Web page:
We are beginning to see some of those nasty summer thunderstorms blow up and roll through pretty regularly. They can form very quickly and be very strong in a local area and should be avoided if possible. The wind and driving rain aren't good, but they become just a nuisance compared to the danger posed by the sharp and dangerous lightning that is usually a trademark of these storms. It is wise to keep an eye to the sky while out fishing and be prepared to head for cover if a storm approaches.

Don't take these storms lightly. When we are in this summer weather pattern of hot temperatures and high humidity, they are always a potential problem. Some of the bad weather spawned by these storms includes waterspouts over water, tornadoes over land and wind shears or microburst winds over either.

The forecast is for at least a slight interruption in our weather pattern this weekend. While southwest winds of 15 to 20 knots are forecast along the entire coast on Friday, they are expected to shift to a generally northerly direction for Saturday and Sunday, with Monday varying from westerly, through northerly, to easterly according to location on the coast. After Friday, the velocity will drop to primarily 10 to 15 knots, so fishing conditions should be reasonably good, especially close to the beaches.

While there have been some windy days in the past week, the offshore fishing has been pretty good when the boats went. Dolphin are the big catch and they have been caught from just a few miles off the beach out to the Gulf Stream. The dolphin aren't running quite as large as they were several weeks ago, but they more than make up for it in numbers.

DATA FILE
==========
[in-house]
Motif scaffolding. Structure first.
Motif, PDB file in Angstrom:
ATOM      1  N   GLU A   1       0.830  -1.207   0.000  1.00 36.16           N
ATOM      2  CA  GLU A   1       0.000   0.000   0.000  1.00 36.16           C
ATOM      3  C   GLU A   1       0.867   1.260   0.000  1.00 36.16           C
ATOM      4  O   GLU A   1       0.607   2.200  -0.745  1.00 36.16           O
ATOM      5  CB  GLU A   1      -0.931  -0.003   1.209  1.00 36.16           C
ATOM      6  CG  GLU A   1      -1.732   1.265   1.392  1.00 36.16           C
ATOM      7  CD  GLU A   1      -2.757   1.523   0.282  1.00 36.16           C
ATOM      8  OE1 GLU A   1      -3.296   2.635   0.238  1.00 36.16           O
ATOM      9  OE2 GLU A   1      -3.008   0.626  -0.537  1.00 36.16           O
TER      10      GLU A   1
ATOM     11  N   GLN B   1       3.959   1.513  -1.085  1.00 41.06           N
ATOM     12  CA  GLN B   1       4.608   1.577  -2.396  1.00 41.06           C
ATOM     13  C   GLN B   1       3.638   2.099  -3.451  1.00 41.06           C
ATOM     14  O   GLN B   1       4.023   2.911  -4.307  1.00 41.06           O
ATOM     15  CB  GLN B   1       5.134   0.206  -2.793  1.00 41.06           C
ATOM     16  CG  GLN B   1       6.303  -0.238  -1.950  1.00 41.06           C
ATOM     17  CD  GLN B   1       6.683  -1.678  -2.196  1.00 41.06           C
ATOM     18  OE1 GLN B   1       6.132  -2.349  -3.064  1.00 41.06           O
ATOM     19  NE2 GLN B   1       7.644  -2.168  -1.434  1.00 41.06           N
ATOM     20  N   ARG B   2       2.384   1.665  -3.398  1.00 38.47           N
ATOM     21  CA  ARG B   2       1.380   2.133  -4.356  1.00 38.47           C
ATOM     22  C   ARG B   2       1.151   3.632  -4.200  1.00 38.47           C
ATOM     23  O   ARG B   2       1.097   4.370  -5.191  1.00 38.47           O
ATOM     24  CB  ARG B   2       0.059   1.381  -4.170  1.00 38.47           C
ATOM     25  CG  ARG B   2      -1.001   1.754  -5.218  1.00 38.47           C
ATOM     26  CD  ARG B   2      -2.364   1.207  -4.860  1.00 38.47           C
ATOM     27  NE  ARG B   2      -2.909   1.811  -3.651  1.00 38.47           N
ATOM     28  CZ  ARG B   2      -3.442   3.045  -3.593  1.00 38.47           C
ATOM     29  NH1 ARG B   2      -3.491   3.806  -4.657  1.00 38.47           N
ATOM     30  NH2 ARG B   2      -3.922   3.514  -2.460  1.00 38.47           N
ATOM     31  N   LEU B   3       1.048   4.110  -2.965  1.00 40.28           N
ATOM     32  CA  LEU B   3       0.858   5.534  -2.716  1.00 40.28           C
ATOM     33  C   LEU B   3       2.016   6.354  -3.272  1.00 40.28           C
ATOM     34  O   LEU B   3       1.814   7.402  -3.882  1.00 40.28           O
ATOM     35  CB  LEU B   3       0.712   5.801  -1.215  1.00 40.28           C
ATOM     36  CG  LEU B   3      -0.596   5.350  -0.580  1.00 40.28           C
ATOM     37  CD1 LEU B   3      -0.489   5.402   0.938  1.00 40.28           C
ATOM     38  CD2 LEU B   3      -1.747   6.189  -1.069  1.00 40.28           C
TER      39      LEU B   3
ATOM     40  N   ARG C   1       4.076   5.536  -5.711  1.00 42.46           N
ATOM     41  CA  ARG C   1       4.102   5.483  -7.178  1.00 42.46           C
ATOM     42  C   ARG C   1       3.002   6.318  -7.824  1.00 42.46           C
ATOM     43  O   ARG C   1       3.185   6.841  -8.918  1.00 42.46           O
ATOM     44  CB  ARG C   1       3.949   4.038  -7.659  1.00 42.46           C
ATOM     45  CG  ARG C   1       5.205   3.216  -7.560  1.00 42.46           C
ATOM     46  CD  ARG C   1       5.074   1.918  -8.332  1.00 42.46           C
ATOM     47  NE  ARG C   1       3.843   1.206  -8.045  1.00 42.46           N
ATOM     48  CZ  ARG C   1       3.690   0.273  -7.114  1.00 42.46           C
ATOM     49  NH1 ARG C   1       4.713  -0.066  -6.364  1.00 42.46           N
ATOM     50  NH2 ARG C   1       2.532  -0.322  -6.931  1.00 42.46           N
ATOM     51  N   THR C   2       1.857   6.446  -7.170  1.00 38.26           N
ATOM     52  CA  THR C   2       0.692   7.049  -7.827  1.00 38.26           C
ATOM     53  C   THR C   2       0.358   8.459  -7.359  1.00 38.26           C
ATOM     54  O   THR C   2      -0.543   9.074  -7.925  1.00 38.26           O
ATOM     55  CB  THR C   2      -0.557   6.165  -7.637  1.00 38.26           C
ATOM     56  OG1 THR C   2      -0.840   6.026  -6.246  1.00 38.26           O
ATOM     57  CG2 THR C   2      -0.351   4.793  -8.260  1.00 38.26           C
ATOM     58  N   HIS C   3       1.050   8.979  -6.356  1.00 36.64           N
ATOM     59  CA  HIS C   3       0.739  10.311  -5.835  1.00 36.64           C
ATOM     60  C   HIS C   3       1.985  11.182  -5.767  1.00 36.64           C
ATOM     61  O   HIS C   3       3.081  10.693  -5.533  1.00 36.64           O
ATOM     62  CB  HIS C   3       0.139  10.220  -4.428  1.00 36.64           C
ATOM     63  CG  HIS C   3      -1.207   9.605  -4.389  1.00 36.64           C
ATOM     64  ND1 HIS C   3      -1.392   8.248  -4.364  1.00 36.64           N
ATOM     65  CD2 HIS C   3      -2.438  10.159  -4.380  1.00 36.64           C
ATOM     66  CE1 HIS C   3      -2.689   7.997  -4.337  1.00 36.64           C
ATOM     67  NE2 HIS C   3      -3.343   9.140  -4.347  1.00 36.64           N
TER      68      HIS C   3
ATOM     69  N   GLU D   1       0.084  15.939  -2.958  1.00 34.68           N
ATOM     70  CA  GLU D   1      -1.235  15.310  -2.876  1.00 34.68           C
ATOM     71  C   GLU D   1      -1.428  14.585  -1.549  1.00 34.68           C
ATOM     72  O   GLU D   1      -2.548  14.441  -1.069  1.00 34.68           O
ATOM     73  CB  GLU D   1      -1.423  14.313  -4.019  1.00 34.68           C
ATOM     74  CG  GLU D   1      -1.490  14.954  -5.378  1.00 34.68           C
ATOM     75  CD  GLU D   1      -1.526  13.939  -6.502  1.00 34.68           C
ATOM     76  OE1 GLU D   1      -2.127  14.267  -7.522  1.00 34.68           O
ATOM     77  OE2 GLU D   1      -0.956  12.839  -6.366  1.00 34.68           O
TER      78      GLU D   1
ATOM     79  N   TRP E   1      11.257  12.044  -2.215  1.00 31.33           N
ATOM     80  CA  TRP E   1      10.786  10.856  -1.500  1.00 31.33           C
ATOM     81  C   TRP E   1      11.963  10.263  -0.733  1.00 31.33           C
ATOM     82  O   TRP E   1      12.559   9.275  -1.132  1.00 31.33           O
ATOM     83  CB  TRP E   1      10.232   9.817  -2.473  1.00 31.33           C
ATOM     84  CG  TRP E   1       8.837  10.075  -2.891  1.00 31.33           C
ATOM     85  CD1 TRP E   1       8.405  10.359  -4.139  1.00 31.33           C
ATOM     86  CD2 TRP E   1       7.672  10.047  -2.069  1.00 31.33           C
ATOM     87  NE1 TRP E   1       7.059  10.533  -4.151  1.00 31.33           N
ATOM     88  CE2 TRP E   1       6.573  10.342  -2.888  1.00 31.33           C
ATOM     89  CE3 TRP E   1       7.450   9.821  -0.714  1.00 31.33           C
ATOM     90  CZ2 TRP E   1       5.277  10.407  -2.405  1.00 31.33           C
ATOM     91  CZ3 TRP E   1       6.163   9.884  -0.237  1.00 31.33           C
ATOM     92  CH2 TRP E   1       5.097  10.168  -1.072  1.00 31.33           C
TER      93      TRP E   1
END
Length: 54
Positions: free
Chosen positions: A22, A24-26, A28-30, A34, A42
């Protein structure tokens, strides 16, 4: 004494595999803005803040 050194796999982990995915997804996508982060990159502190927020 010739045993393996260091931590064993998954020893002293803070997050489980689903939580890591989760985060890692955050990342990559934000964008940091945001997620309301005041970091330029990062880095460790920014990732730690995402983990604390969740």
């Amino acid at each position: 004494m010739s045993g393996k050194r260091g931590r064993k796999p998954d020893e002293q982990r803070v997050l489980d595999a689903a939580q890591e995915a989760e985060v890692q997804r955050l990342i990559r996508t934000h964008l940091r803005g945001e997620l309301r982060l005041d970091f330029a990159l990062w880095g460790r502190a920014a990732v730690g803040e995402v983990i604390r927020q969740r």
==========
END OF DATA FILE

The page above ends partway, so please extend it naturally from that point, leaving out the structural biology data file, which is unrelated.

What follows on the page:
Sailfish are another big offshore catch. There have been a few reports of sailfish being caught within sight of the beach, but the most consistent reports are from about 10 miles off out to the Gulf Stream. They are always a pleasant surprise, but have really startled some king mackerel fishermen.

Some wahoo are also mixed in with the dolphin and fishermen on the offshore side of this bite are talking about catching blue and white marlin.

Speaking of billfish experiences--a Wrightsville Beach fisherman, Harry Archer, III, headed out by himself Saturday on the family's 25 foot center console and had one of those days you never forget. Archer was fishing approximately 8 miles off Masonboro Inlet and had three sets of double sailfish strikes. Even though he was fishing alone, he managed to catch (and release) four of them. Congratulations Harry!

The king mackerel bite continues to be pretty strong. The kings are being caught from the piers out to the rocks and wrecks in roughly 80 feet of water. The larger kings are scattered, but there are some real smokers around. Several fishermen have done well around the inlets and last weekend there was a good bite at the usual rocks east of Cape Lookout.

Spanish mackerel fishing has been a bit hit-or-miss, but has been good at times. Several days the pier fishermen had very good catches. The best time has been early morning, with late afternoon a reasonable second. The fish seen jumping during the middle of the day usually aren't biting well, but can sometimes be coaxed into feeding by downsizing lures or switching to live finger mullet for baits.